This is an archived article that was published on sltrib.com in 2016, and information in the article may be outdated. It is provided only for personal research purposes and may not be reprinted.
An amazing thing happened at the Legislature on March 3 in the House Revenue and Taxation Committee. Rep. Paul Ray's House Bill 333 was on the agenda, which would impose the same tax on some electronic cigarette products that are now applied to tobacco products.
It's not amazing that Ray ran the bill. Ray runs a lot of legislation dealing with health issues and tobacco. And it's not amazing that it was defeated in the committee by a vote of 7-5. A lot of bills are sent to the Revenue and Taxation Committee to die.
What was amazing was that the committee room and an overflow room and the halls outside the committee room were filled with students from across the Wasatch Front who came to support HB333. There were hundreds of students.
They represented SAEV, Students Against Electronic Vaping, a student-initiated and led group started by student body leaders at Davis High that rapidly spread to other Utah high schools. They spoke determinedly about friends they had seen become addicted to various drugs that started with vaping. Most concerning to some of us was the student who told the committee that his brother in elementary school reported seeing elementary school students vaping in school bathrooms.
They could have spoken about the studies that have raised concerns about the safety and long term health effects of using e-cigarettes. They could have mentioned the concern that some of the liquids used in vaping contain food additives that were not meant to be inhaled into the lungs. They could have spoken about how many packs of cigarettes are effectively contained in one vial of vaping liquid. They could have noted that tobacco users cost the state of Utah over $100 million in health care.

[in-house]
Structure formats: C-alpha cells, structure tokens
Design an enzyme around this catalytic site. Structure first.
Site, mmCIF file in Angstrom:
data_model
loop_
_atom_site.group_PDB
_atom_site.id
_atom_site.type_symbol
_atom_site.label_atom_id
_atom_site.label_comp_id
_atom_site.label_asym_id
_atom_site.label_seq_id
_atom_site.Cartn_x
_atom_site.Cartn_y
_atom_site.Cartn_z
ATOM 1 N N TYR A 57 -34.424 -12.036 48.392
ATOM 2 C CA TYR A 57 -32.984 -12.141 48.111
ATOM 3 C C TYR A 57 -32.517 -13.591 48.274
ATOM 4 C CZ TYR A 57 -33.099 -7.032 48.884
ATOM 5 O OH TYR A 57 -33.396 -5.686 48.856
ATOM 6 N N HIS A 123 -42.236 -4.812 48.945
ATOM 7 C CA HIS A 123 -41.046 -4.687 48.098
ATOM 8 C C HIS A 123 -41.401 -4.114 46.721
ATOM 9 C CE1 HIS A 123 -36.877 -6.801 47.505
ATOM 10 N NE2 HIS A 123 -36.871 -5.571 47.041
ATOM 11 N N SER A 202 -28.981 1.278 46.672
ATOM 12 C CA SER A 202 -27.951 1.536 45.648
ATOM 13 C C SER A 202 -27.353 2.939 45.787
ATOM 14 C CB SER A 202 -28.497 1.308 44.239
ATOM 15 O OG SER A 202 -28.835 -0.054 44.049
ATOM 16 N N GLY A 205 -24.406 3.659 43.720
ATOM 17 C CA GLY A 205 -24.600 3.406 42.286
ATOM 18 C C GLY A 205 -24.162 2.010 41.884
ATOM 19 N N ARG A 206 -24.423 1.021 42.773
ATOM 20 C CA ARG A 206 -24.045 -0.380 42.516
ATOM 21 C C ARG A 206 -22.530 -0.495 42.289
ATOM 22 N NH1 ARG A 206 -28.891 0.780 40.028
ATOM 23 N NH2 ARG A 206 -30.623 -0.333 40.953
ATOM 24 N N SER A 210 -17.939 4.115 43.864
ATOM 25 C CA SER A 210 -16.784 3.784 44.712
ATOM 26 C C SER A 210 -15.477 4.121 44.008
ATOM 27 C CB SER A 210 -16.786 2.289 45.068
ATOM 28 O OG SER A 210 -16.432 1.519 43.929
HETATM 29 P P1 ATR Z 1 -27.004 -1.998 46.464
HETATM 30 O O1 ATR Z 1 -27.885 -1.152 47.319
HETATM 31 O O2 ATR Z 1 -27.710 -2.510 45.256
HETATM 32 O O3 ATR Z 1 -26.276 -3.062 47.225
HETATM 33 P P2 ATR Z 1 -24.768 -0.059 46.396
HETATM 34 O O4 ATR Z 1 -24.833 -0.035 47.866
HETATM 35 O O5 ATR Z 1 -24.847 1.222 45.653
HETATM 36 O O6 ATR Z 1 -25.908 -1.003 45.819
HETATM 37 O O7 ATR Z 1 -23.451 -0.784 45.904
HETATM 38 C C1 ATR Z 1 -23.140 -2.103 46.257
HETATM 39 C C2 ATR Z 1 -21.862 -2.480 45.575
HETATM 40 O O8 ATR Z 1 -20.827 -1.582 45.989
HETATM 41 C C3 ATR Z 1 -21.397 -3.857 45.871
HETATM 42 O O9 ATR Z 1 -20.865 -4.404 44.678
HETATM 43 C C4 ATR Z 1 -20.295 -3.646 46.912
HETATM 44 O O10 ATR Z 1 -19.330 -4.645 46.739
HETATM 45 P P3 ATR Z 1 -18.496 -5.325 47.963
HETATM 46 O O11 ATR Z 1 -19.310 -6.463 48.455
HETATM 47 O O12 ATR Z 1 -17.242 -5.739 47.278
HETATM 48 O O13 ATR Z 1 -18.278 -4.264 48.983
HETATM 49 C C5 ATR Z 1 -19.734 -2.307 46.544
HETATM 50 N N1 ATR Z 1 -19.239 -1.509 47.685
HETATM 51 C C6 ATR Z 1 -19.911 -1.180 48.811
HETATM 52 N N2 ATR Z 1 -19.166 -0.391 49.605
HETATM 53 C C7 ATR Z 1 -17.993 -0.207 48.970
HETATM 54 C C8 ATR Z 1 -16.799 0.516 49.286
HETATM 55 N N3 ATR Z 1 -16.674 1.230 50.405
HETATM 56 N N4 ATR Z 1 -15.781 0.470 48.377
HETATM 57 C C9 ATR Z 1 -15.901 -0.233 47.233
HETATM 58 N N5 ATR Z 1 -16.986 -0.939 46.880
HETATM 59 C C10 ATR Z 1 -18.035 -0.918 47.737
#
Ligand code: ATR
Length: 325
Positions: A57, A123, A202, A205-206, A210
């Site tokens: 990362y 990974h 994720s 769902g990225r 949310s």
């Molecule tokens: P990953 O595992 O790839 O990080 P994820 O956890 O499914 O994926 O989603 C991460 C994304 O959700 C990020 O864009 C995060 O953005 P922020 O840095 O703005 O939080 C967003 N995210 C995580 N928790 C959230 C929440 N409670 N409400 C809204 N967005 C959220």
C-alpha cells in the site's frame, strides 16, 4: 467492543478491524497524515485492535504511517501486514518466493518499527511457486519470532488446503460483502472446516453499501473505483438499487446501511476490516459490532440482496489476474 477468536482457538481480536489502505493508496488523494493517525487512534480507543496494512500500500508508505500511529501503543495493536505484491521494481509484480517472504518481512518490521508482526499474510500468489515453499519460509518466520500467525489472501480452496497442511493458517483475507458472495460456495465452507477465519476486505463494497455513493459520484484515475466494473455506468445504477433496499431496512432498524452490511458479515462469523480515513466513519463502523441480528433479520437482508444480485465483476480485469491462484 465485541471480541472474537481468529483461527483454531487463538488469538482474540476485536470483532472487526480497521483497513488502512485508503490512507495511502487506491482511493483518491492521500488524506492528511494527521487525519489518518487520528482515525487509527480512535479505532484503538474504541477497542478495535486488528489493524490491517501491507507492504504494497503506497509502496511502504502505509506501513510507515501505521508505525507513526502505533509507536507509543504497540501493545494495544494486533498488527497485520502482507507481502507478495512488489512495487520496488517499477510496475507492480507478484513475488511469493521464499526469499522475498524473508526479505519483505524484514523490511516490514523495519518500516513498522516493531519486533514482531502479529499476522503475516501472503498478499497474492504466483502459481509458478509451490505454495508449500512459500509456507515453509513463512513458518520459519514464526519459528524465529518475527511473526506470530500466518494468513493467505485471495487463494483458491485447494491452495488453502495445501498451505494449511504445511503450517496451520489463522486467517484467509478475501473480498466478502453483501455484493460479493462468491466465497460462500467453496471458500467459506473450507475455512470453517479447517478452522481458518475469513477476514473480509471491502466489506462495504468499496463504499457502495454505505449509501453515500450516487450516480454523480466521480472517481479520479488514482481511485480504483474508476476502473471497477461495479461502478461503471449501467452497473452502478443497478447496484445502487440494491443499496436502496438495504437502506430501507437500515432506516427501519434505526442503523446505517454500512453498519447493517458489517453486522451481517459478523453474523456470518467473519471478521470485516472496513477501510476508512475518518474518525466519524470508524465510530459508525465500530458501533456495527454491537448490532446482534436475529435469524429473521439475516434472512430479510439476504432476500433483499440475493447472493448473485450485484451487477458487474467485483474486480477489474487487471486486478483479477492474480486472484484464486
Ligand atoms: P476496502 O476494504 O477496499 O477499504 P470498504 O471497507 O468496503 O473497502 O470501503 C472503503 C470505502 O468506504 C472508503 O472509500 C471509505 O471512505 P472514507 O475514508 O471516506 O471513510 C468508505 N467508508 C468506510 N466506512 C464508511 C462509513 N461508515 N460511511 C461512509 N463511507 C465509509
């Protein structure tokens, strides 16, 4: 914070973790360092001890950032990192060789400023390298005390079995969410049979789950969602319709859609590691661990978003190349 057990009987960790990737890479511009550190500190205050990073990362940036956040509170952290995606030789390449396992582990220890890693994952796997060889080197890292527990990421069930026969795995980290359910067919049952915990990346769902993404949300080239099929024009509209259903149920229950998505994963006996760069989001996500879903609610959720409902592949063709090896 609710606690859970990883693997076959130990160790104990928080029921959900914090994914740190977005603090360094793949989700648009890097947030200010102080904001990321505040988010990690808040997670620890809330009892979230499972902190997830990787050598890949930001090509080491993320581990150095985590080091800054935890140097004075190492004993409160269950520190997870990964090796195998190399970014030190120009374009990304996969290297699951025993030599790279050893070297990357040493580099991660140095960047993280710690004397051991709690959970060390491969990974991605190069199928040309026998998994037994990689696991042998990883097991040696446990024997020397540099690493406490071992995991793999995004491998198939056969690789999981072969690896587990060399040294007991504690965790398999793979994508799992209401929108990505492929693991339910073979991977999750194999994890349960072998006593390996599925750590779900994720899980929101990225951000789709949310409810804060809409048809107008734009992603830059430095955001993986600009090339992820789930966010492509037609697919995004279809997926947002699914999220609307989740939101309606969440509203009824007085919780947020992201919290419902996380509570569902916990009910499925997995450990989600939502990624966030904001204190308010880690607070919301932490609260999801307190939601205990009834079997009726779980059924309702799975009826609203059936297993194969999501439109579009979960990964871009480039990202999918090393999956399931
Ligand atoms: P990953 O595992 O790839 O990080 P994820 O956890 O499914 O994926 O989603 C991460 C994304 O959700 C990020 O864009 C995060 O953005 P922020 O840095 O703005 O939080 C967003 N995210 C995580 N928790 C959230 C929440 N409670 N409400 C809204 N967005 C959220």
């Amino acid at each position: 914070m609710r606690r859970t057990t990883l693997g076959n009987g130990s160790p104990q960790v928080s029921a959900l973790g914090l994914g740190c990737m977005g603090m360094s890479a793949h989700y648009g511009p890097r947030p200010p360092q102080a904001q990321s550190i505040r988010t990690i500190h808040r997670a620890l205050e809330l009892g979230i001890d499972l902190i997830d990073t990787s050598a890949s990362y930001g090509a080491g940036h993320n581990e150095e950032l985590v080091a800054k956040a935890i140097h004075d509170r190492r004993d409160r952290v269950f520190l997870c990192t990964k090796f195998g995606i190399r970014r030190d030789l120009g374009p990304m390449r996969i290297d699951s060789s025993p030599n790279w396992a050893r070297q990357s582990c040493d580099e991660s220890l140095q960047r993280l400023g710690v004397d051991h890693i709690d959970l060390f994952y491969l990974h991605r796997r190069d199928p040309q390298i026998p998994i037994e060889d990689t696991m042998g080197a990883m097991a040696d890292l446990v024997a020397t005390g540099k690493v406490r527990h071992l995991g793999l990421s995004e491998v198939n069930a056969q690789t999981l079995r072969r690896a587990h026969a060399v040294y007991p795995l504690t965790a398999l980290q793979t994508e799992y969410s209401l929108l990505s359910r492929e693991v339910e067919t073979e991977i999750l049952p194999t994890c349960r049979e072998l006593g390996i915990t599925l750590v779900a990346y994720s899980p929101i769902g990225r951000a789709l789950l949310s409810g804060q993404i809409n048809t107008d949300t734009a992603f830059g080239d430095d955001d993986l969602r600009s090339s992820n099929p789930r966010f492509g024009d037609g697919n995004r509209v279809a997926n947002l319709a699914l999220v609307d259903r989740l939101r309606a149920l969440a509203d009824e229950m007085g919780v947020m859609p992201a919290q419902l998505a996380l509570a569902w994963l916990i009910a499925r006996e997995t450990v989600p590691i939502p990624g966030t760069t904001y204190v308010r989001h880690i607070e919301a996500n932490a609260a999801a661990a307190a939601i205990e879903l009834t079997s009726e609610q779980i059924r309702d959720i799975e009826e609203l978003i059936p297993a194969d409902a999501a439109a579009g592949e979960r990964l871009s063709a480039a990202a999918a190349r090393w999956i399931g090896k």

They chose instead to speak to their experiences and their knowledge that making e-cigarettes more expensive would effectively discourage use and mean that fewer e-cigs would be in the hands of young people.
You might be on the other side and would have agreed with the seven committee members who stopped the bill in its tracks. Many of them are simply opposed to taxes of any sort. Those voting against this bill suggested that better enforcement at schools and in public could put a significant dent on underage use of electronic cigarettes. You might agree with industry representatives and small businessmen that placing taxes on e-cigarettes would close the doors of some businesses and make it more difficult for some people who use e-cigarettes to reduce and break the habit of smoking.
The tax and the vote are not what amazes us. What amazes us, and makes us proud of these Utah students, is that a few civic-minded high school students decided to speak out in public about an issue they care deeply about. These students took it upon themselves to organize, gather support and utilize their rights to weigh in on important issues at the legislature. The fought for what they believed in. They participated in a way that many Utahns of any age do not.
These young people are an example to us all. We should keep them in mind as we move toward our state's caucus night this Tuesday. Regardless of party or belief, we should look to the leadership of young people and become engaged in the political process to fight for what we think is right. And we should invite them along.
We are calling on all 17-year-old high school students who will be 18 on or before November 8, 2016, to get involved next Tuesday night, March 22, in the Democratic or Republican caucuses. Seventeen-year-olds can still participate in and vote in caucuses if they will be 18 by Nov. 8 (election day). Younger citizens can and should still attend the caucuses and watch and learn how important they are in our state.
The more people involved, the better the decision. Before you leave for your caucus Tuesday, ask your children to join you. Make it a family event. The rising generation, the students, are our future. If the future is like the efforts and actions of the SAEV, Utah's future will be bright.
Rep. Joel Briscoe, Salt Lake City, represents District 25 in the Utah House of Representatives. George Chapman lives in Salt Lake City and ran for mayor in 2015.